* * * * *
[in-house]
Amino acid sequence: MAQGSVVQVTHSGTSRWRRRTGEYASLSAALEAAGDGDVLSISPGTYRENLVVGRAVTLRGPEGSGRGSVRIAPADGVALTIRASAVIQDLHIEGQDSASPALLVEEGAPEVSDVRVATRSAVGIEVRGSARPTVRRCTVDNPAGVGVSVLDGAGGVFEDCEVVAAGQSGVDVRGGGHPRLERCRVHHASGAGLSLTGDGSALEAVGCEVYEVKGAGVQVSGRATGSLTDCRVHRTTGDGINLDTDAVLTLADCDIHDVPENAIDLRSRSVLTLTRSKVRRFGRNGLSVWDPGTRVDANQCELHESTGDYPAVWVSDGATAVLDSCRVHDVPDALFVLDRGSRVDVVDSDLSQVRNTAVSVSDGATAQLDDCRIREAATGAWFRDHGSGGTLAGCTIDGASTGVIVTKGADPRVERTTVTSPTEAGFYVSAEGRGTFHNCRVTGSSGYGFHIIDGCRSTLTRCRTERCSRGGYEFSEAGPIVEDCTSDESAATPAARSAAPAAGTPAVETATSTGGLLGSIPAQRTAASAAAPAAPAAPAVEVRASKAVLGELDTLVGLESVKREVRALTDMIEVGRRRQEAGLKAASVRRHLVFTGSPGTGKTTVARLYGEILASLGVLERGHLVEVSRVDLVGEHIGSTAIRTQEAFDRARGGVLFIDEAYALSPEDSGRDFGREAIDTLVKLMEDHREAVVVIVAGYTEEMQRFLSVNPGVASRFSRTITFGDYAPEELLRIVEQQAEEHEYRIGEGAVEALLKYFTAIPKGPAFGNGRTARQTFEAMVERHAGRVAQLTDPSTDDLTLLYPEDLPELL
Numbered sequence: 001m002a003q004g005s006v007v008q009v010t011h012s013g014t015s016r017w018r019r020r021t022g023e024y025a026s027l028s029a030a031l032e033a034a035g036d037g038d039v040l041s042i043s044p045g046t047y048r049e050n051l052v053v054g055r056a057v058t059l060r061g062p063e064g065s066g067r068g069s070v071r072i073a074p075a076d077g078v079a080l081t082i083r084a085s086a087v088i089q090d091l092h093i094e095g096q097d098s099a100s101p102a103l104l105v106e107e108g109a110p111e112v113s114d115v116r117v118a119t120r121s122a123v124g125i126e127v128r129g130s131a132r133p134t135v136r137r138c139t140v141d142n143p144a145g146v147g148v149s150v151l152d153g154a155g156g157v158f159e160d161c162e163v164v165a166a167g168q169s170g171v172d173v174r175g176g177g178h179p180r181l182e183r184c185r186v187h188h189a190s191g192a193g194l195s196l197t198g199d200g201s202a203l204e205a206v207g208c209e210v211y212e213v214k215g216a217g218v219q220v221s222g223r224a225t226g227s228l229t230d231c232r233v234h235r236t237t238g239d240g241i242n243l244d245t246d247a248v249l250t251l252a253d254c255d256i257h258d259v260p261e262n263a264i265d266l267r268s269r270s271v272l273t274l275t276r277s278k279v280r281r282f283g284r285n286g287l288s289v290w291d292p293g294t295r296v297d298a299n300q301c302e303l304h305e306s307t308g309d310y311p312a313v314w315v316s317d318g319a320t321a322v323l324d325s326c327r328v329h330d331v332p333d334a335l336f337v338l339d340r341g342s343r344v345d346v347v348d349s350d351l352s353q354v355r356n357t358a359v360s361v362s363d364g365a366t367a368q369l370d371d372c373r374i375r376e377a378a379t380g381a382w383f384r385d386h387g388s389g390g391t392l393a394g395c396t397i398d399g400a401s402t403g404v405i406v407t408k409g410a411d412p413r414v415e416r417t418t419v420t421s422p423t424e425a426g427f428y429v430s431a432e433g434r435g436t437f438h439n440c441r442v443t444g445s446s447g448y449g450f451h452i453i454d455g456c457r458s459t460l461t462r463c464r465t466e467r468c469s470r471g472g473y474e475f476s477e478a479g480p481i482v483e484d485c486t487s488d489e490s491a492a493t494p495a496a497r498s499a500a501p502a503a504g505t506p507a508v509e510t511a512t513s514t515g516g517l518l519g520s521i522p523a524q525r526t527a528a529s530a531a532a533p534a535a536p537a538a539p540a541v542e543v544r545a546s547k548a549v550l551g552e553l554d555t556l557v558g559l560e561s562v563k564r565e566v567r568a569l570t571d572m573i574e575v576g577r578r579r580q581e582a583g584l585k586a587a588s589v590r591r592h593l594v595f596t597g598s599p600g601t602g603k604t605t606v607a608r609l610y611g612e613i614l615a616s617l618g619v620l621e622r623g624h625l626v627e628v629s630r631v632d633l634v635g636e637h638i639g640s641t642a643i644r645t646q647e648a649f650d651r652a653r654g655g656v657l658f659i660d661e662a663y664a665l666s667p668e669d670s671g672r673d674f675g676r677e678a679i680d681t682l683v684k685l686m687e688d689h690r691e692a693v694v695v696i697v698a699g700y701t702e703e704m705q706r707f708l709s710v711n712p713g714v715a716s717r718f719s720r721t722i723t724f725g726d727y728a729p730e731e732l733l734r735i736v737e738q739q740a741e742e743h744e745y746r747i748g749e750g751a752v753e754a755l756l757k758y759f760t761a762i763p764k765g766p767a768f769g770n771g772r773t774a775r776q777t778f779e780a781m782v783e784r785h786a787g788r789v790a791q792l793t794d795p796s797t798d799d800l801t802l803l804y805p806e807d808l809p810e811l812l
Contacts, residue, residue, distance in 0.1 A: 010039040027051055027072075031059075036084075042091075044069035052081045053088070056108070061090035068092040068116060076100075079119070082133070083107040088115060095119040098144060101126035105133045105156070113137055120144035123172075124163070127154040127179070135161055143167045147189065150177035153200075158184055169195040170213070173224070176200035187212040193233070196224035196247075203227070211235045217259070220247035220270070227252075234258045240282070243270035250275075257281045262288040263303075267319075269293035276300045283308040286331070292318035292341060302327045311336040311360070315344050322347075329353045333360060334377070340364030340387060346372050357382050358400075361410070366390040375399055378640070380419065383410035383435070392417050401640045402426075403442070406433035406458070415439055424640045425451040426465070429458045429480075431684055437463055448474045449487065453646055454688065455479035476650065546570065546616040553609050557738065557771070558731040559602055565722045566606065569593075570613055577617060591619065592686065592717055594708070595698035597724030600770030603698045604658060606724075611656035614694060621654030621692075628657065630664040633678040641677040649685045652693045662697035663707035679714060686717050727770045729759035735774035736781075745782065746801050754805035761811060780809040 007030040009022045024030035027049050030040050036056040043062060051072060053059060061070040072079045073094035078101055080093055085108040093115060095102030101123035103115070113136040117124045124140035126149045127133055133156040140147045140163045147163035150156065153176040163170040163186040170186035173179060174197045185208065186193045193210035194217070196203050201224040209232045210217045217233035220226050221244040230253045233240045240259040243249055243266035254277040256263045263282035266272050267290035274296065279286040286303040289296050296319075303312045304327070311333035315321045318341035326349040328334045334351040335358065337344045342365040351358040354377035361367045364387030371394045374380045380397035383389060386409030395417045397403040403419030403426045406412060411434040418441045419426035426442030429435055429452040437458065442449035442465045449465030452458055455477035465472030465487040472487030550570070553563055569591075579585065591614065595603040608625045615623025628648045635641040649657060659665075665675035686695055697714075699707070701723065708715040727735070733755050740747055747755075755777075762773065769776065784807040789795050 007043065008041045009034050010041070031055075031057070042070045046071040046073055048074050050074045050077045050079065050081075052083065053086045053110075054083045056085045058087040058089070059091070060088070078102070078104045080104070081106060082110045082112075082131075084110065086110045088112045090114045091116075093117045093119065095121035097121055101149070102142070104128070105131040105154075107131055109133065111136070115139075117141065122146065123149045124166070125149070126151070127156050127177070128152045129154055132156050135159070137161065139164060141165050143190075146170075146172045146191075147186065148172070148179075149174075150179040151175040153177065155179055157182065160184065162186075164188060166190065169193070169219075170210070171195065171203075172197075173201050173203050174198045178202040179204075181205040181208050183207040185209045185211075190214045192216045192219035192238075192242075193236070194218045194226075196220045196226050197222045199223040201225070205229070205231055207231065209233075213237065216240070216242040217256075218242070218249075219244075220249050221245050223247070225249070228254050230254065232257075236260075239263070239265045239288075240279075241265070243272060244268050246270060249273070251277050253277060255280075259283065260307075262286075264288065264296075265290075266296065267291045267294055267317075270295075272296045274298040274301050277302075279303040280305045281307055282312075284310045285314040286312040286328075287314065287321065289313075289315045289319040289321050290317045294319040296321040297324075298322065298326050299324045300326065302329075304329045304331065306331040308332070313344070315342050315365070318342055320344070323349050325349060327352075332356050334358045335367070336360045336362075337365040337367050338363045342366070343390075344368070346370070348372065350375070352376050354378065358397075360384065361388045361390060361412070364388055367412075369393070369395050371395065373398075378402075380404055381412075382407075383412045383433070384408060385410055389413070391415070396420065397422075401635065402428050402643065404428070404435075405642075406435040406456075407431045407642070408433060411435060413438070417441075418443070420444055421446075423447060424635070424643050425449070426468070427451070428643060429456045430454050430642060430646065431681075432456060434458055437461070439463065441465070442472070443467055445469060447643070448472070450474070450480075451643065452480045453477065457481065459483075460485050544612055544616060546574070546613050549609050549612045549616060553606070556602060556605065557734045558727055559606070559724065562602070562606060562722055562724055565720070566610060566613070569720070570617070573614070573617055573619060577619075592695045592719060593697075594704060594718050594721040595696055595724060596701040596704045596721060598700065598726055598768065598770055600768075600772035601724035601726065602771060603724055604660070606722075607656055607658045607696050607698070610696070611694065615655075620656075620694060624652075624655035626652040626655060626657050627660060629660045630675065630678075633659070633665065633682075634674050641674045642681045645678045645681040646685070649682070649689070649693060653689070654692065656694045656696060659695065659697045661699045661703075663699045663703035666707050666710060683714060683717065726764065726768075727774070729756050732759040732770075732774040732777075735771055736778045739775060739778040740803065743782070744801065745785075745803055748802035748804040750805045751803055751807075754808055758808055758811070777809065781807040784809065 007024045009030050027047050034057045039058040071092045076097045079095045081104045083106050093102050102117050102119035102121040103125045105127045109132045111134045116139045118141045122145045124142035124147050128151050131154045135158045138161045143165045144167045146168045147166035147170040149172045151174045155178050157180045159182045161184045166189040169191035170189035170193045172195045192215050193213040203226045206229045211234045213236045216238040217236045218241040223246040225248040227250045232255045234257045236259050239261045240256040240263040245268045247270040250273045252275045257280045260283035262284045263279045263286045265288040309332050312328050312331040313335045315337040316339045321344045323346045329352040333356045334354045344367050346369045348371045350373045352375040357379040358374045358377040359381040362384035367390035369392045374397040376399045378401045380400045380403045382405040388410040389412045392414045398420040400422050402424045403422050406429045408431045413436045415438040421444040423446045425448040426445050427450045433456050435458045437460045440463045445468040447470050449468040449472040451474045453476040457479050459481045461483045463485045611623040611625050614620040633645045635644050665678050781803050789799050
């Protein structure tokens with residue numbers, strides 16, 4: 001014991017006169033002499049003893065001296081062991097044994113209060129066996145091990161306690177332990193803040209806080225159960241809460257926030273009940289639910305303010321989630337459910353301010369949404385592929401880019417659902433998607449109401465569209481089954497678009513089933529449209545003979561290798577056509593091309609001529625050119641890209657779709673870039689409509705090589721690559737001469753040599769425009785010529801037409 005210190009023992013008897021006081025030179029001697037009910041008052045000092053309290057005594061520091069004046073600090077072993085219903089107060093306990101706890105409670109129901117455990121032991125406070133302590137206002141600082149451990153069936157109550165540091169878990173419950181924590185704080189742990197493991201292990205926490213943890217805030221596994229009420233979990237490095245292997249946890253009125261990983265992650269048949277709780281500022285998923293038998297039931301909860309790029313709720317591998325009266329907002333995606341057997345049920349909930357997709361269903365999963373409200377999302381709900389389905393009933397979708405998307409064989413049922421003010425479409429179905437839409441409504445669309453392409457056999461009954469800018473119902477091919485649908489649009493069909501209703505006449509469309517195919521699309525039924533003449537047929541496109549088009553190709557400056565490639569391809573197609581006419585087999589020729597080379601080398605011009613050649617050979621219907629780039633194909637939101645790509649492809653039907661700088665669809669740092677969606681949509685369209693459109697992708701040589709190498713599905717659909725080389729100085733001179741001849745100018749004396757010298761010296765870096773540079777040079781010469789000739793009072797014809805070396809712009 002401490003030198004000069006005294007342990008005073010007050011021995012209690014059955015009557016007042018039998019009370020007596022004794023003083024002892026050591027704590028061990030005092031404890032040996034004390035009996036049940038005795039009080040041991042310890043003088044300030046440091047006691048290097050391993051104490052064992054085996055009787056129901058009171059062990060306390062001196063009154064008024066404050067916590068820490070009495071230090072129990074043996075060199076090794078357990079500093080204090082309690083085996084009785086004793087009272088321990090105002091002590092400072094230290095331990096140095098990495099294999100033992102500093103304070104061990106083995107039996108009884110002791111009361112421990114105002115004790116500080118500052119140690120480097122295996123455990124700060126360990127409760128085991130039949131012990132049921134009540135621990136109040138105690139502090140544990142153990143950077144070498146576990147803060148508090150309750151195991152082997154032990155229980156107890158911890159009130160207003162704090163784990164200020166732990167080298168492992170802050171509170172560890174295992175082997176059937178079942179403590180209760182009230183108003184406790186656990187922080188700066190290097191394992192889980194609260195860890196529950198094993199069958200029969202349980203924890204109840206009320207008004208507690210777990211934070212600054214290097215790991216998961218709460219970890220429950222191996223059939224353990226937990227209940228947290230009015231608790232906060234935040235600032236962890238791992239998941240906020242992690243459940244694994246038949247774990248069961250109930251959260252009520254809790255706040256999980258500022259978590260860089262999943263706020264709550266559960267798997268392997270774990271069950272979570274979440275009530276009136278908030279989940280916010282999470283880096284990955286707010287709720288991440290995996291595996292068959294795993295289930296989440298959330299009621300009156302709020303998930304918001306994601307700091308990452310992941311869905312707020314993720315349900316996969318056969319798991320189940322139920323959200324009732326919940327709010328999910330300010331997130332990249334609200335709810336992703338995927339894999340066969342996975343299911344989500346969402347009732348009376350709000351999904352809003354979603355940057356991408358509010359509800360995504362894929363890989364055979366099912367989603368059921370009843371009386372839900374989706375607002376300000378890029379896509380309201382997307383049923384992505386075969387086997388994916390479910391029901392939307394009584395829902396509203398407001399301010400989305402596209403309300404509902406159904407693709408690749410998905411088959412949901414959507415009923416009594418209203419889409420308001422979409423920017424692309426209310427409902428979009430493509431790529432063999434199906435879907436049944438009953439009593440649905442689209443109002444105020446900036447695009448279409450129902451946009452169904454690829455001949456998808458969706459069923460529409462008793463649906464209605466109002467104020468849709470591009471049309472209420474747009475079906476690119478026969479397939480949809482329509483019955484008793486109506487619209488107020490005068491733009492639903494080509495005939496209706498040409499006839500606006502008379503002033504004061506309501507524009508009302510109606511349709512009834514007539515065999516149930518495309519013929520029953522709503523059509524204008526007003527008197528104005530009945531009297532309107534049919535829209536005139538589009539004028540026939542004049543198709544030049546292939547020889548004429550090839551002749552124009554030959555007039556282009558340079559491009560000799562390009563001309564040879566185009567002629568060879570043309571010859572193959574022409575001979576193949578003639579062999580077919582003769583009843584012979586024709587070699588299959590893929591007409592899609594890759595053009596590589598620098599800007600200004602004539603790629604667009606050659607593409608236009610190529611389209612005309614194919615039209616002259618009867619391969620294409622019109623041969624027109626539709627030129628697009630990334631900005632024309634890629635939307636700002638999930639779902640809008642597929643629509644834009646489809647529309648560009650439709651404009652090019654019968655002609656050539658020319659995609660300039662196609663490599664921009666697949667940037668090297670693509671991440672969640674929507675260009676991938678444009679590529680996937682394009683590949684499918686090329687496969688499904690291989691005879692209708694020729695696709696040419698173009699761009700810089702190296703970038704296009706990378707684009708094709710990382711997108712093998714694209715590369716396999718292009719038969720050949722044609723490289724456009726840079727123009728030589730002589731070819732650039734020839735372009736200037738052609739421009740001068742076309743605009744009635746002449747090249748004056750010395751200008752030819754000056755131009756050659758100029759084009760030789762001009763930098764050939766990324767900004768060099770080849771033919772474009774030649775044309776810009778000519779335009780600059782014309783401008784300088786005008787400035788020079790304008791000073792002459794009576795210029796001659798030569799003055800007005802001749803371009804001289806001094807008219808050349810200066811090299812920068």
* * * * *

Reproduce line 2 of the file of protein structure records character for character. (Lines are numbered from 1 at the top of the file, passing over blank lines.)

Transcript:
Amino acid sequence: MAQGSVVQVTHSGTSRWRRRTGEYASLSAALEAAGDGDVLSISPGTYRENLVVGRAVTLRGPEGSGRGSVRIAPADGVALTIRASAVIQDLHIEGQDSASPALLVEEGAPEVSDVRVATRSAVGIEVRGSARPTVRRCTVDNPAGVGVSVLDGAGGVFEDCEVVAAGQSGVDVRGGGHPRLERCRVHHASGAGLSLTGDGSALEAVGCEVYEVKGAGVQVSGRATGSLTDCRVHRTTGDGINLDTDAVLTLADCDIHDVPENAIDLRSRSVLTLTRSKVRRFGRNGLSVWDPGTRVDANQCELHESTGDYPAVWVSDGATAVLDSCRVHDVPDALFVLDRGSRVDVVDSDLSQVRNTAVSVSDGATAQLDDCRIREAATGAWFRDHGSGGTLAGCTIDGASTGVIVTKGADPRVERTTVTSPTEAGFYVSAEGRGTFHNCRVTGSSGYGFHIIDGCRSTLTRCRTERCSRGGYEFSEAGPIVEDCTSDESAATPAARSAAPAAGTPAVETATSTGGLLGSIPAQRTAASAAAPAAPAAPAVEVRASKAVLGELDTLVGLESVKREVRALTDMIEVGRRRQEAGLKAASVRRHLVFTGSPGTGKTTVARLYGEILASLGVLERGHLVEVSRVDLVGEHIGSTAIRTQEAFDRARGGVLFIDEAYALSPEDSGRDFGREAIDTLVKLMEDHREAVVVIVAGYTEEMQRFLSVNPGVASRFSRTITFGDYAPEELLRIVEQQAEEHEYRIGEGAVEALLKYFTAIPKGPAFGNGRTARQTFEAMVERHAGRVAQLTDPSTDDLTLLYPEDLPELL